The Paris Winter by Imogen Robertson for me was a good read based on one girls love of painting as she wanted to be was an artist through the winter of 1909 in the beautiful city of Paris. Maud the main character of this very rich and vivid well written book had an unhappy childhood which left her totally emotionally damaged. Maud was happiest when she was painting and her love for art led her to a new life in Paris which fulfilled her in so many ways but it cost her everything she had plus a lot more she was unable to provide.
Maud is befriended by Tanya a rich Russian who also loves to paint and attends the same art class, Tanya notices Maud is starving herself so she can have money to paint so when she hears of a job as a companion for a sickly girl named Sylvie who lives with her brother Christian she is quick to introduce Maud to Christian and Sylvie not realising what danger she is leading the talented yet very innocent Maud into. For Maud it is the answer to her prayers as she is to live in with all meals provided and still able to attend her art classes which for her is most important of all. Sylvie draws Maud into her world like a moth to a flame this is one book which was so full of darkness due to the evil but yet the friendship of Tanya and the other characters the light shone through.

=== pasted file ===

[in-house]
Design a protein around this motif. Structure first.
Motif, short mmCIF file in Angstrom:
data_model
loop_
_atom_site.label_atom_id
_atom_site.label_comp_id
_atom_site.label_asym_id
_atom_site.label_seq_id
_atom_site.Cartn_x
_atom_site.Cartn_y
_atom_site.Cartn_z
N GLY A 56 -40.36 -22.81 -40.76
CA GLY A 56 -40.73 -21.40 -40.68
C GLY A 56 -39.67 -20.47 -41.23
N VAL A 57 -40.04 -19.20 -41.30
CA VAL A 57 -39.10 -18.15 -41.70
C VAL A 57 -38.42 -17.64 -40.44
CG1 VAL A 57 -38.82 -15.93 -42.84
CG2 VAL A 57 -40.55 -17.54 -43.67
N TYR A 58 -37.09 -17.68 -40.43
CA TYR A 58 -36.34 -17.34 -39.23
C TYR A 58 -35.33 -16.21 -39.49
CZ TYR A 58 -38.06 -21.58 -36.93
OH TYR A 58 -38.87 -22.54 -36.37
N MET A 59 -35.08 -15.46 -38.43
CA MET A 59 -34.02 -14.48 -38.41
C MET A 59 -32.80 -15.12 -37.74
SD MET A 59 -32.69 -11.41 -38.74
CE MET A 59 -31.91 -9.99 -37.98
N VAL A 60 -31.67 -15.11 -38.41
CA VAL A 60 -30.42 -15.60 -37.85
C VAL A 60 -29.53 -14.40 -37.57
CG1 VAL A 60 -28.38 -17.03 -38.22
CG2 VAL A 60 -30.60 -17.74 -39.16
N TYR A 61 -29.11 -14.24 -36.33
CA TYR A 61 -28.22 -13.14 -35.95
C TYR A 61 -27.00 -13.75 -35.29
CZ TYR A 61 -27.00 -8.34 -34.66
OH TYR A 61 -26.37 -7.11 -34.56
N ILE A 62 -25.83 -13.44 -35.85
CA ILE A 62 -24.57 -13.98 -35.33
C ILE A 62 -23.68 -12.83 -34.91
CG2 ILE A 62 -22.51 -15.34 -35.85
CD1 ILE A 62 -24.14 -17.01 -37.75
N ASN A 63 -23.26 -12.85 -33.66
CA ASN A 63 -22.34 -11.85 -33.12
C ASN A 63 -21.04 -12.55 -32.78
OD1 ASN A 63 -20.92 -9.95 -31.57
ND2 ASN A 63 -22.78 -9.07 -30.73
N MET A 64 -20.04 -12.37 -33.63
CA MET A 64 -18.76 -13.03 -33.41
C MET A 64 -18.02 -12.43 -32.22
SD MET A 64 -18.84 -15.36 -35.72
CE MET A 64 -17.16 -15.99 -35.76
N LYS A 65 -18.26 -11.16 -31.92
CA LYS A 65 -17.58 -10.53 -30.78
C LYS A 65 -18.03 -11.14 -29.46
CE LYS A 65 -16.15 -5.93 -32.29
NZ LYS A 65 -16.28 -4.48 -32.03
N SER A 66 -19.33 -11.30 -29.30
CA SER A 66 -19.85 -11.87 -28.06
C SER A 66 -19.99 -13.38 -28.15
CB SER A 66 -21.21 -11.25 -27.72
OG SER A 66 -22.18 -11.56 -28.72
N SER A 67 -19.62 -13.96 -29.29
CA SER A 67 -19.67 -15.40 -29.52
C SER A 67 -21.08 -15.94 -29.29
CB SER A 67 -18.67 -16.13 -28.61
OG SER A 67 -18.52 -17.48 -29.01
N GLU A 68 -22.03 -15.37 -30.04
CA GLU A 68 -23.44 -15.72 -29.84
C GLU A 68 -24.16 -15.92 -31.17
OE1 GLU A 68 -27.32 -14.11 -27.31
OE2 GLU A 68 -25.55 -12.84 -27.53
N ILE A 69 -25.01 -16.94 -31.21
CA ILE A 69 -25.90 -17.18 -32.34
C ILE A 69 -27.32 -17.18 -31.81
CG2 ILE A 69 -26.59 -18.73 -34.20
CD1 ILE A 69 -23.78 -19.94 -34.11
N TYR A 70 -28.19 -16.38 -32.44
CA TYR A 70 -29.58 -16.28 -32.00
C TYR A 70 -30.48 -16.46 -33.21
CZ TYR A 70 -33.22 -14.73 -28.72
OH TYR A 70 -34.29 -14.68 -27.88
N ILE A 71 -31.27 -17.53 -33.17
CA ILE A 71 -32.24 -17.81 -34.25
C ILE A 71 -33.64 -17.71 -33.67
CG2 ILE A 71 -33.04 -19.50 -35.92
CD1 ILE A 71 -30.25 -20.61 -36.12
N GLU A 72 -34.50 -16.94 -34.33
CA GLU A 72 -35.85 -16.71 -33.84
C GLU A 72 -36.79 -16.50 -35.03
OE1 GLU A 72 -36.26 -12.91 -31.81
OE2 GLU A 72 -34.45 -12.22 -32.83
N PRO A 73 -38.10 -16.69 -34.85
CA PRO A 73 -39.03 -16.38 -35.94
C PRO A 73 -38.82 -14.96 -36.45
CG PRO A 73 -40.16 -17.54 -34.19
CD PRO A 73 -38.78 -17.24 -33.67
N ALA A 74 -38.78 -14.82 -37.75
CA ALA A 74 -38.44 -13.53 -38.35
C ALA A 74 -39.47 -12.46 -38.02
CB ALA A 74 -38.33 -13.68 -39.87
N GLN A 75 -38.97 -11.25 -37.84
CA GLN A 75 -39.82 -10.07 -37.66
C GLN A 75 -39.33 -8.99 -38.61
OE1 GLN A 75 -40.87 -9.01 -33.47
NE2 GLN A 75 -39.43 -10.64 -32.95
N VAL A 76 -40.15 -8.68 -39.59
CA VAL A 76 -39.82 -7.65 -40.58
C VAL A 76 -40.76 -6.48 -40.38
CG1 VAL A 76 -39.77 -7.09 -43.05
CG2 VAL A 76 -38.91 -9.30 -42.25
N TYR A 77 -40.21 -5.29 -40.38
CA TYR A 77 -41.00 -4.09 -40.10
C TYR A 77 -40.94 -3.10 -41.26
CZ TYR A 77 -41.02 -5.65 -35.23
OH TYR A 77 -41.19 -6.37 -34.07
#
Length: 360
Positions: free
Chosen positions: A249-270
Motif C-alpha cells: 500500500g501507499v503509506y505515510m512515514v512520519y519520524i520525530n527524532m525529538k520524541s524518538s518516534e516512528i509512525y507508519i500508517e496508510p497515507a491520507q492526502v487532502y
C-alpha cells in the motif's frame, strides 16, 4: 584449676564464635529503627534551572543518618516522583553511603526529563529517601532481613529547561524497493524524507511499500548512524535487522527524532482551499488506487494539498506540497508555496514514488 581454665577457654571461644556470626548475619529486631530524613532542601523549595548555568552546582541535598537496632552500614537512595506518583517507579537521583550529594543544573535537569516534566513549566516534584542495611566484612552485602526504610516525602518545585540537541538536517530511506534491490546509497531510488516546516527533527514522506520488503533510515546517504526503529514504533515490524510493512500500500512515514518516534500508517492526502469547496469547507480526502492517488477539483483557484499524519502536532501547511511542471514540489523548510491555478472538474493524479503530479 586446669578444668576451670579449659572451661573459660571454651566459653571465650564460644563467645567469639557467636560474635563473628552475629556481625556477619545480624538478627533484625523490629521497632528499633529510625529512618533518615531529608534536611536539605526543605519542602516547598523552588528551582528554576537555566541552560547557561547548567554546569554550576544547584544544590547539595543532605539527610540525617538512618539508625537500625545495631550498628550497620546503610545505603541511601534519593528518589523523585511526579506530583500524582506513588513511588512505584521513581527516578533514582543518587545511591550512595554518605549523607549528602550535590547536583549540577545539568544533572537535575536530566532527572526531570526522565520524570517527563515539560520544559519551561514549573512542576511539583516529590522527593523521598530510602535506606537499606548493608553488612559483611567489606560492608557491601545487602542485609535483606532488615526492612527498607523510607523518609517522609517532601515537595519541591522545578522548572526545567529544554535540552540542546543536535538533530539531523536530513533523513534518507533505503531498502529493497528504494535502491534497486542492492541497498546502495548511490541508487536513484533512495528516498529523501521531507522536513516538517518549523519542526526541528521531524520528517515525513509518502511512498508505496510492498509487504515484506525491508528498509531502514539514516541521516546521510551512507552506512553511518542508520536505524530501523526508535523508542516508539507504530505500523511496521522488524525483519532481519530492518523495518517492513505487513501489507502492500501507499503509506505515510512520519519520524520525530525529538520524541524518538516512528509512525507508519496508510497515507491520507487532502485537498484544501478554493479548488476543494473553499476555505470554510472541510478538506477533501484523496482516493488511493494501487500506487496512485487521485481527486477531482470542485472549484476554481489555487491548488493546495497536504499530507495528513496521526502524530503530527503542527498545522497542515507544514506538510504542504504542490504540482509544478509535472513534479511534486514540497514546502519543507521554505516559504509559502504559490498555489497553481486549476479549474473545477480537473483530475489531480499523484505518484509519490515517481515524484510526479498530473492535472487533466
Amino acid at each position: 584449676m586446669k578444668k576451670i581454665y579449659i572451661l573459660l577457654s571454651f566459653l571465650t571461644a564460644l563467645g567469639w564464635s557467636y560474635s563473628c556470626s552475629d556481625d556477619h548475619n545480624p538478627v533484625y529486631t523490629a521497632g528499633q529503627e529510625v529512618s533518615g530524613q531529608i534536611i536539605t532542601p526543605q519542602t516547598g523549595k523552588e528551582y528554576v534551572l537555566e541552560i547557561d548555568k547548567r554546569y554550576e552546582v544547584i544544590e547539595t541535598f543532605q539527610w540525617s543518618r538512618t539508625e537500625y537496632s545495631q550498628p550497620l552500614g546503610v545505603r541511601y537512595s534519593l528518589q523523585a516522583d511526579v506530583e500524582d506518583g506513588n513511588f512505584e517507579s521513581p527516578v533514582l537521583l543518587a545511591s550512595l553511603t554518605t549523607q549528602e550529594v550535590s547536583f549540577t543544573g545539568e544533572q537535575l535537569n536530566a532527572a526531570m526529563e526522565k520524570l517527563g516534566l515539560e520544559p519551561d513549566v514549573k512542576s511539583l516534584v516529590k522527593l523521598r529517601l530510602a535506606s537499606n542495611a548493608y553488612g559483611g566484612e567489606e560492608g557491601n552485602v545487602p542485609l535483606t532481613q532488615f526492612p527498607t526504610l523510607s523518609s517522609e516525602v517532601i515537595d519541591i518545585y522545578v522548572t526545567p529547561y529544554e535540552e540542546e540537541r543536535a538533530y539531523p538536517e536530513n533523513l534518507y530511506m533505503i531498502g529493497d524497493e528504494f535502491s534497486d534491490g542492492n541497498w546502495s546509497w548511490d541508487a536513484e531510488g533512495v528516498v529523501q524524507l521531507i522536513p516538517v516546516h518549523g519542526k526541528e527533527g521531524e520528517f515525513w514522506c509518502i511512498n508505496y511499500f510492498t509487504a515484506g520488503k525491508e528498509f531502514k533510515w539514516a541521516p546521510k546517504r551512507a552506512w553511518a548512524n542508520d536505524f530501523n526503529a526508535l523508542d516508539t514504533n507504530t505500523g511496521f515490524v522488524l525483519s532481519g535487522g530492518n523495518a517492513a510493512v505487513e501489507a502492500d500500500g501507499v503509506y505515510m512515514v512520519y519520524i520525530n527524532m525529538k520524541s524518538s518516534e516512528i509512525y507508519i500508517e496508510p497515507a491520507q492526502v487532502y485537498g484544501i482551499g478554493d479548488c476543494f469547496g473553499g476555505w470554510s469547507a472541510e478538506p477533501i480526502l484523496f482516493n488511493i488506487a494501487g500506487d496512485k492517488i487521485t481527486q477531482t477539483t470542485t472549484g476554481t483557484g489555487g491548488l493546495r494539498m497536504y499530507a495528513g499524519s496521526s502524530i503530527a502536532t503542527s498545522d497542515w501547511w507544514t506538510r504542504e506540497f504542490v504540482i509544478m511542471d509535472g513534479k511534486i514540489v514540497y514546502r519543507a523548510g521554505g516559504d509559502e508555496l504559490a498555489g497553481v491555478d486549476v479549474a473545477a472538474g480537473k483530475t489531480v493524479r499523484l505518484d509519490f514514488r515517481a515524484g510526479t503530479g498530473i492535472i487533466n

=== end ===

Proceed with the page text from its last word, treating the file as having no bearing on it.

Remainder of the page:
The book had everything a brilliant story needed namely secrets, lies, thieves and most of all cruelty which was dealt so easy by two people who could spin a lie to suit themselves like other people would draw a breath of air into their lungs. This truly is one book full of so many contrasts in life from the lives of the rich who could easily be mixed with those who lived in pure poverty. From the darkness of the evil which hid in the shadows but yet lived their lives among the innocent slowly pulling those who knew no evil into their lives of squalid greed. But why I loved this book so much was through the words Imogen Robertson used as a reader I was able to see the beauty of Paris but yet see the darkness of opium dens which were hidden behind the shops of the rich. Imogen Robertson is a gifted author who is able to paint pictures using her words which produced many pictures through her writing which enabled her readers not to miss anything of the Paris which Maud inhabited through the winter of 1909.